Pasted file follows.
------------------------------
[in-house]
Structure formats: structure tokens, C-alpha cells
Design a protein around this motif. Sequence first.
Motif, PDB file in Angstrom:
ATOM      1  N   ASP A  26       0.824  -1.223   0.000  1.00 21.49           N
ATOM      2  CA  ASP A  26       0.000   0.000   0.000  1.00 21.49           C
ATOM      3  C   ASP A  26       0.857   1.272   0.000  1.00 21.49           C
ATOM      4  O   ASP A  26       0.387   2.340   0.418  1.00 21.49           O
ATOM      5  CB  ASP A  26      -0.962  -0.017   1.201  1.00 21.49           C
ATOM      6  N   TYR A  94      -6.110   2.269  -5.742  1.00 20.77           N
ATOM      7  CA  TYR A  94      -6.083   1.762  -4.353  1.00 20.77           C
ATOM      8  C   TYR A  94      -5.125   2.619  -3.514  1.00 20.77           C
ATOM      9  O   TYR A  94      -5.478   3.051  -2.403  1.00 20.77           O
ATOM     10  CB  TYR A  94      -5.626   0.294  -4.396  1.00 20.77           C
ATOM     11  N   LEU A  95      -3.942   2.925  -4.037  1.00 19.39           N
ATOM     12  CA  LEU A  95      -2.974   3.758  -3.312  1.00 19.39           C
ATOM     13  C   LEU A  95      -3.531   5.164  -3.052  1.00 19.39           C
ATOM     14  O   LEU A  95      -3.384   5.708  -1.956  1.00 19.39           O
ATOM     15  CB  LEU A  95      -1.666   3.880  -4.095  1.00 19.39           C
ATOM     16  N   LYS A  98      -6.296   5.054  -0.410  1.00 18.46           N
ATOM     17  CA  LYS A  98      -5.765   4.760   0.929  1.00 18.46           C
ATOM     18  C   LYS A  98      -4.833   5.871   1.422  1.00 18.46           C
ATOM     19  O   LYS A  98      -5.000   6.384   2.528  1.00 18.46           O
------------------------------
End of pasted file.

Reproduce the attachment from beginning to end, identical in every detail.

[in-house]
Structure formats: structure tokens, C-alpha cells
Design a protein around this motif. Sequence first.
Motif, PDB file in Angstrom:
ATOM      1  N   ASP A  26       0.824  -1.223   0.000  1.00 21.49           N
ATOM      2  CA  ASP A  26       0.000   0.000   0.000  1.00 21.49           C
ATOM      3  C   ASP A  26       0.857   1.272   0.000  1.00 21.49           C
ATOM      4  O   ASP A  26       0.387   2.340   0.418  1.00 21.49           O
ATOM      5  CB  ASP A  26      -0.962  -0.017   1.201  1.00 21.49           C
ATOM      6  N   TYR A  94      -6.110   2.269  -5.742  1.00 20.77           N
ATOM      7  CA  TYR A  94      -6.083   1.762  -4.353  1.00 20.77           C
ATOM      8  C   TYR A  94      -5.125   2.619  -3.514  1.00 20.77           C
ATOM      9  O   TYR A  94      -5.478   3.051  -2.403  1.00 20.77           O
ATOM     10  CB  TYR A  94      -5.626   0.294  -4.396  1.00 20.77           C
ATOM     11  N   LEU A  95      -3.942   2.925  -4.037  1.00 19.39           N
ATOM     12  CA  LEU A  95      -2.974   3.758  -3.312  1.00 19.39           C
ATOM     13  C   LEU A  95      -3.531   5.164  -3.052  1.00 19.39           C
ATOM     14  O   LEU A  95      -3.384   5.708  -1.956  1.00 19.39           O
ATOM     15  CB  LEU A  95      -1.666   3.880  -4.095  1.00 19.39           C
ATOM     16  N   LYS A  98      -6.296   5.054  -0.410  1.00 18.46           N
ATOM     17  CA  LYS A  98      -5.765   4.760   0.929  1.00 18.46           C
ATOM     18  C   LYS A  98      -4.833   5.871   1.422  1.00 18.46           C
ATOM     19  O   LYS A  98      -5.000   6.384   2.528  1.00 18.46           O